Just won't home

SO, I have checked all my limit switch connections (including the rather untrusted header block connection) and all pins connect to the correct switch positions on all three axes. However, running the homing sequence on easel results in a machine which barely moves at all and sits there in the middle of it’s axes proudly saying that it has homed and easel has moved onto the next step. However the machine has not homed as it used to when I first assembled it. All the motors respond correctly and when I try to carve it starts well, and then inexplicably dives up to the far reaches of the Y axis and tries to force itself apart until I turn the machine off.
Any suggestions?

as an update, Z axis does home, but then the machine doesn’t move to home its X or Y. I have removed the black plastic header and attached the wires directly to the pins on the gshield and have established with a multimeter that all 3 switches should be working. (I’m not a great whizz with electronics but I used the multimeter on the bell setting , put one probe on the white X limit wire where it connects to the gshield, the other on the black at the limit switch, no bell, closed the switch, bell. which I think means that the switch should be working fine)
I’m really beginning t pull my hair out now, not aided I may say but that silly little t.v guy shouting “Hooray! your machine is set-up!” on the screen after every failed home attempt.

PLEASE someone tell me my schoolboy error.

When it goes to home the X and Y does its just jog back and forth ever so slightly?

ever so slightly yes, you can hear the motors jog, but barely any movement of the carriages.

That sounds like it’s tripping the switch as soon as it starts the attempt to zero them. When the machine is successfully zeroed, the axes jog back on forth to confirm the switches have been tripped.

I’d check your wiring for any shorts to ground. Can you post a video of your issue, might help to see what is really happening.

Do you have a serial port terminal program like HyperTerminal, or Putty? Or do you have the Arduino IDE installed on your system?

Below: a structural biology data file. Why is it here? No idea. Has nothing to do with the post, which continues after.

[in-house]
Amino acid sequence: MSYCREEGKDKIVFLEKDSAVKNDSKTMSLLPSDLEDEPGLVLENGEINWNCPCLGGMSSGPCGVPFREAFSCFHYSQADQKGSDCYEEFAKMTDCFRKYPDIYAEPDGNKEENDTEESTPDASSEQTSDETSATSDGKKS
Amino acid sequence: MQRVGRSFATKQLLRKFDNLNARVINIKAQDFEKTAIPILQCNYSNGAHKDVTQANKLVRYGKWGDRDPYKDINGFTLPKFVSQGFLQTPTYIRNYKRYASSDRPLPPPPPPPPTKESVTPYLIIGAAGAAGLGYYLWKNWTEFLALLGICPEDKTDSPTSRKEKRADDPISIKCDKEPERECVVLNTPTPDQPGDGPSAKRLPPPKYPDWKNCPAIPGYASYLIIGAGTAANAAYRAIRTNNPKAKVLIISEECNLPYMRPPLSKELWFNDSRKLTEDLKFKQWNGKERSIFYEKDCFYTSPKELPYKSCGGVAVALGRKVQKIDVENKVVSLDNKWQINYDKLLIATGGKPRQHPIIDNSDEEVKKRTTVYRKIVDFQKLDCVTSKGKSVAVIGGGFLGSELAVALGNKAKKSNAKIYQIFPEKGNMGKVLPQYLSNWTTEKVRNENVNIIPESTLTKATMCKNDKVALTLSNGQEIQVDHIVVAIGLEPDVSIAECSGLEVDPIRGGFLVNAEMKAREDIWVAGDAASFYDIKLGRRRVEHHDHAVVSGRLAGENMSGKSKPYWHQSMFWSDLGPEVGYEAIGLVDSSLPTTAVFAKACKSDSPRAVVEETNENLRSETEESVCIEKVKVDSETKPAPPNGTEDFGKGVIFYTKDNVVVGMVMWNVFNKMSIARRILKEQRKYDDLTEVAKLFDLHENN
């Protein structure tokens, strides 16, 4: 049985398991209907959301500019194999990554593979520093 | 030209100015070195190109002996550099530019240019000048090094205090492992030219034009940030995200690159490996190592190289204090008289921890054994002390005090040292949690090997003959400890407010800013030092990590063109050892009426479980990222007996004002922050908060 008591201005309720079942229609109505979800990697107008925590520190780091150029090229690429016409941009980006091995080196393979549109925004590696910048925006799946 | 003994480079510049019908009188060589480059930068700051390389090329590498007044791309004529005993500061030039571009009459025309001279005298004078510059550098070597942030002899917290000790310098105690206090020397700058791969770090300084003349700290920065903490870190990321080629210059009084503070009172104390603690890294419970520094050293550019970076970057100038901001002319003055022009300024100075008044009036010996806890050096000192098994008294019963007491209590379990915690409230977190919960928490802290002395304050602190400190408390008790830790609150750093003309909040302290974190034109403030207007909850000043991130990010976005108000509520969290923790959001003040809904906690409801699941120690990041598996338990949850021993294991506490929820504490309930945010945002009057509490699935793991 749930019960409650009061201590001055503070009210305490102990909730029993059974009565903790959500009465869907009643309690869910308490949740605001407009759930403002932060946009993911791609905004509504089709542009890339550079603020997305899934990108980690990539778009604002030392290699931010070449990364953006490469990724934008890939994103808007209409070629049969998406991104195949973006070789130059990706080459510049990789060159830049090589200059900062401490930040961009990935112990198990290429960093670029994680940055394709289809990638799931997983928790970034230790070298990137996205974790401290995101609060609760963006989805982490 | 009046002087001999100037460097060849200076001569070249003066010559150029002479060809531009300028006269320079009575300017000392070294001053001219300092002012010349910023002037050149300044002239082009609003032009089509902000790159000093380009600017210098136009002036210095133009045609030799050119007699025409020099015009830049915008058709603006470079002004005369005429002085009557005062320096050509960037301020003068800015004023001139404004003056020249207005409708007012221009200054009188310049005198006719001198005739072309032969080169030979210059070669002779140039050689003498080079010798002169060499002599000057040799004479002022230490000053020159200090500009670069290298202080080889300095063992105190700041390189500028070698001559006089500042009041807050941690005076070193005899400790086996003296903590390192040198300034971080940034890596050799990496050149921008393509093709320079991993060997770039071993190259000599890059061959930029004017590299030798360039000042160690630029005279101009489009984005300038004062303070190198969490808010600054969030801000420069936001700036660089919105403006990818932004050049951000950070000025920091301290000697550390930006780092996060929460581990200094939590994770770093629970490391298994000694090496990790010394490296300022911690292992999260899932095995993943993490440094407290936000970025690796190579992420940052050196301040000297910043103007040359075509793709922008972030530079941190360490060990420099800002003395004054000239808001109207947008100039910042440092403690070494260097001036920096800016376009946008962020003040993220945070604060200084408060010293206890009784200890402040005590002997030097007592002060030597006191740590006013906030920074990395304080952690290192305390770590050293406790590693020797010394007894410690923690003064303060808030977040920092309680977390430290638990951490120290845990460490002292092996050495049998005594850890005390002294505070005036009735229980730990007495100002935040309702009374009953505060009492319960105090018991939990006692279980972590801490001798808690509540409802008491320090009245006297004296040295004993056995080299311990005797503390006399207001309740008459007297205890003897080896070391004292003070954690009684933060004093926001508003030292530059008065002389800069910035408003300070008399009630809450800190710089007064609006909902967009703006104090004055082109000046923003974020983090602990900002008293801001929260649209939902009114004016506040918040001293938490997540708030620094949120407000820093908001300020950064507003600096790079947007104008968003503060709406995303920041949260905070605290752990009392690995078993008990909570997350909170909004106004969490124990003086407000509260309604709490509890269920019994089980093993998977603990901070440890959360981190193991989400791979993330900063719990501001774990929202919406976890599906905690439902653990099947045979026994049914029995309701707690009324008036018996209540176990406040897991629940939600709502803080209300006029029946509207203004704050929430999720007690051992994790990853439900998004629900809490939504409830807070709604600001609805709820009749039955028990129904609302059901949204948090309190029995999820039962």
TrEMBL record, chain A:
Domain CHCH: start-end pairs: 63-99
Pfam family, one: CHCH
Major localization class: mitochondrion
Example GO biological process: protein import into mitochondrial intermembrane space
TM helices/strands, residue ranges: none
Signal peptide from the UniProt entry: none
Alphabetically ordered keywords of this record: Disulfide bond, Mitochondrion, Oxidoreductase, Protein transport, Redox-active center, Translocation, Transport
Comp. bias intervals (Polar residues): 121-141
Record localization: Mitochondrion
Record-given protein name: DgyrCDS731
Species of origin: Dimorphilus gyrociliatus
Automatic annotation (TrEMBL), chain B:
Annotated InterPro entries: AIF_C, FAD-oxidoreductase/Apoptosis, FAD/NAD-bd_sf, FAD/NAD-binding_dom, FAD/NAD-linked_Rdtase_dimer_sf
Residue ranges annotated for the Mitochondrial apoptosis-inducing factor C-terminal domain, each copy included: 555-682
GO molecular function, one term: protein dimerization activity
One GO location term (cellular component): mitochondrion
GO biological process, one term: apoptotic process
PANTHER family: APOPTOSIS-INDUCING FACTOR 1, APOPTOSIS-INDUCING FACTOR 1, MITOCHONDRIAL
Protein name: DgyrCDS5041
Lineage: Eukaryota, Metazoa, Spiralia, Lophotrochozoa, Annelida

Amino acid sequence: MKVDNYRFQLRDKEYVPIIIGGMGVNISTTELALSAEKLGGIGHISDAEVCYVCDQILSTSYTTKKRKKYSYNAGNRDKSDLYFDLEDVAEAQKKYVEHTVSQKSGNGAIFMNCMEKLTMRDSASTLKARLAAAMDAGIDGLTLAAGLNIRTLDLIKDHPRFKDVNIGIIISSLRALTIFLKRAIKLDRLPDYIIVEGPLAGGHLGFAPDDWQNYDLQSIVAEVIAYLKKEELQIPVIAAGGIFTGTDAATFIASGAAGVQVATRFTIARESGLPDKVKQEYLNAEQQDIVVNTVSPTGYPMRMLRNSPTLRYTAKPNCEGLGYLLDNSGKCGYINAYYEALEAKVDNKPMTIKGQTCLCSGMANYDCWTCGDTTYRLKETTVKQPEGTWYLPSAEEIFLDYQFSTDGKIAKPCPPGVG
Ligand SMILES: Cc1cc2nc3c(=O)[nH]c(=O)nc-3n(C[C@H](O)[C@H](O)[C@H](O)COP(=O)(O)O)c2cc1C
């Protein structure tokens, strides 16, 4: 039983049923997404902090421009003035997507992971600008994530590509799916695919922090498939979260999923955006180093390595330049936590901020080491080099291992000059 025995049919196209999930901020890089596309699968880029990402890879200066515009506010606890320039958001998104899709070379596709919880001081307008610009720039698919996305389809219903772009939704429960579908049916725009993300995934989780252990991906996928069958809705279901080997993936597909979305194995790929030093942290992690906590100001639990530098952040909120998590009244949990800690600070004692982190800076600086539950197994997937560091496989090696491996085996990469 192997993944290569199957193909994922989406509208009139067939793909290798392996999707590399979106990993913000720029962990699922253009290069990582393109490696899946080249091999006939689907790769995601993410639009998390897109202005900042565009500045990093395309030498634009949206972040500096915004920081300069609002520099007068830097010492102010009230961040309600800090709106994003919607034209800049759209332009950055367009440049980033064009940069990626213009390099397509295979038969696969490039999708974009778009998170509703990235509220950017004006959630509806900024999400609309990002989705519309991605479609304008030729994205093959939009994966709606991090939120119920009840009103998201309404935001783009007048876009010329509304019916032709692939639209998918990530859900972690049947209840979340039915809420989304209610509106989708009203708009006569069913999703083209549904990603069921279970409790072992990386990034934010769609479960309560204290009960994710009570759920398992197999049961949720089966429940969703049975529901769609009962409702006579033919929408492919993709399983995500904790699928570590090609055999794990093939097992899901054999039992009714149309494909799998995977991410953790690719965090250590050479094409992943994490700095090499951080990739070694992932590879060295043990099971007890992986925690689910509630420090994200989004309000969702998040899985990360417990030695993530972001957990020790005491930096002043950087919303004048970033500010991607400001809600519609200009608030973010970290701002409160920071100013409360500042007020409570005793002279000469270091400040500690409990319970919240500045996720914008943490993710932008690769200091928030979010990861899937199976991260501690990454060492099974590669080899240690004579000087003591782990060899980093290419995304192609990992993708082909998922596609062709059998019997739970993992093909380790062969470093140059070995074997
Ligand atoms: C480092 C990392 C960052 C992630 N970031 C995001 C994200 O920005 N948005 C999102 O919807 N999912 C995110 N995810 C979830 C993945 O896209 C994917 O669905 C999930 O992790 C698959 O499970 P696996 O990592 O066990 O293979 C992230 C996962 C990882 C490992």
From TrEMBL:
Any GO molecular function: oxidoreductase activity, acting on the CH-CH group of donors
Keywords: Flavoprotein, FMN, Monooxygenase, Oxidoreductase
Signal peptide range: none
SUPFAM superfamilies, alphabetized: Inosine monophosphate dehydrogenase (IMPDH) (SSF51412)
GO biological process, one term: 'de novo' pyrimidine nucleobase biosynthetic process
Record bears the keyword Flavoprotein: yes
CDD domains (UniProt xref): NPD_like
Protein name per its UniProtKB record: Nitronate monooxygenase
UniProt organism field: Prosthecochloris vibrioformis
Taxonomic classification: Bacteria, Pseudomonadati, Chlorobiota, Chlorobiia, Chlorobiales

With one of these programs (or any serial port terminal program) we can interrogate grbl to find out what’s happening in the homing sequence.

Did you get this sorted out @WilliamFeasey?

sorted only by moving the carriages very close to their home position while powered off so that they barely need to move to home. Once hit the switches work fine, but ask them to travel more than an inch or two to reach them and the homing fails.

This sounds like electrical noise generating false trips.

My X and Y axis homing switches do not work at all. In my case, it is most definitely electrical noise. I think that all the wiring should be shielded -AND- properly “drained”. This was not required in the assembly instructions but I think it would greatly improve the success of the switches. I plan on upgrading the wiring when I get a free moment that I’m not carving… maybe when I get an X Controller…

You might won’t to wait on the upgrade. The X-controller has built in low pass filters for the homing switches.

•Built in Grbl CNC Controller. No external controller like Mach 3/4 is required.
•3 axis design
•(4) 4A stepper drivers (Y axis has 2 ganged drivers for X-Carve type machines)
•Microstepping (Full through 1/16th)
•Easy current adjustment via large, well-marked potentiometers
•Automatic idle current reduction independent for each axis
•Internal 24V 400W power supply for stepper motors
•Large internal heatsink and integrated cooling fan keeps system cool at all power loads
•Spindle speed control (0-5VDC PWM or 0-10V)
•Noise-filtered inputs for 3 axis home/limit switches
•Noise-filtered input for Z probe/touch plate
•2 digital outputs to control external items like vacuums and coolant systems
•All inputs and outputs have their own ground terminals for clean and easy wiring.
•Labeled connections
•Rugged latching E-Stop that kills all power
•Feedhold, Cycle Start and Reset (Motion Cancel) buttons on front side (not shown)
•All electrical interfaces use large, detachable terminal blocks
•USB connection
•Heavy aluminum chassis with mounting holes